Zearalenone is a xenoestrogenic mycotoxin produced by Fusarium species. High exposure with zearalenone induces reproductive disorders worldwide. Cyclodextrins are ring-shaped host molecules built up from glucose units. The apolar cavity of cyclodextrins can entrap so-called guest molecules. The formation of highly stable host-guest type complexes with cyclodextrins can decrease the biological effect of the guest molecule. Therefore, cyclodextrins may be suitable to decrease the toxicity of some xenobiotics even after the exposure. In this study, the protective effect of beta-cyclodextrins against zearalenone-induced toxicity was investigated in HeLa cells and zebrafish embryos. Fluorescence spectroscopic studies demonstrated the formation of stable complexes of zearalenone with sulfobutyl-, methyl-, and succinyl-methyl-substituted beta-cyclodextrins at pH 7.4 (K = 1.4–4.7 × 104 L/mol). These chemically modified cyclodextrins considerably decreased or even abolished the zearalenone-induced loss of cell viability in HeLa cells and mortality in zebrafish embryos. Furthermore, the sublethal effects of zearalenone were also significantly alleviated by the co-treatment with beta-cyclodextrins. To test the estrogenic effect of the mycotoxin, a transgenic bioindicator zebrafish model (Tg(vtg1:mCherry)) was also applied. Our results suggest that the zearalenone-induced vitellogenin production is partly suppressed by the hepatotoxicity of zearalenone in zebrafish. This study demonstrates that the formation of stable zearalenone-cyclodextrin complexes can strongly decrease or even abolish the zearalenone-induced toxicity, both in vitro and in vivo. Therefore, cyclodextrins appear as promising new mycotoxin binders.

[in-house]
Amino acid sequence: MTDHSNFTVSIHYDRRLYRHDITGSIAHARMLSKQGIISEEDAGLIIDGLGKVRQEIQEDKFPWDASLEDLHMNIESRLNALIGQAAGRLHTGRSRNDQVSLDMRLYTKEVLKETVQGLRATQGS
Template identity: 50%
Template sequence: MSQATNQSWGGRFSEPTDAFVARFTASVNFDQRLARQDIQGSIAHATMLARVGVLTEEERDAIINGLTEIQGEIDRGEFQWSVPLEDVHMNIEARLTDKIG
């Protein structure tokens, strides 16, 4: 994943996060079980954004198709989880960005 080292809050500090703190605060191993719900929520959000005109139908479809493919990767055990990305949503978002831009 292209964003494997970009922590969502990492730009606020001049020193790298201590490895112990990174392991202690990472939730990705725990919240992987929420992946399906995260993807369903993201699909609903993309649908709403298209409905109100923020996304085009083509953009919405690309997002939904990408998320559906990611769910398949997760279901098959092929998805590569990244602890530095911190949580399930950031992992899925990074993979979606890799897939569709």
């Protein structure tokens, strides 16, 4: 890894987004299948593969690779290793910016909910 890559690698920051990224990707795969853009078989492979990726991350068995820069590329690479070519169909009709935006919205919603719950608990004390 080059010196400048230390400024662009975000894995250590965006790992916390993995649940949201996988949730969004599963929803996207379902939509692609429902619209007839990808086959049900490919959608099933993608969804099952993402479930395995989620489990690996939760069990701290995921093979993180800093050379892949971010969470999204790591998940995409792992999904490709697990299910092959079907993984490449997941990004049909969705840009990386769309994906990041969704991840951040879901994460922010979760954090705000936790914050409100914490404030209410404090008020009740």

- Mycotoxin binders
ASJC Scopus subject areas
- Environmental Engineering
- Environmental Chemistry
- Health, Toxicology and Mutagenesis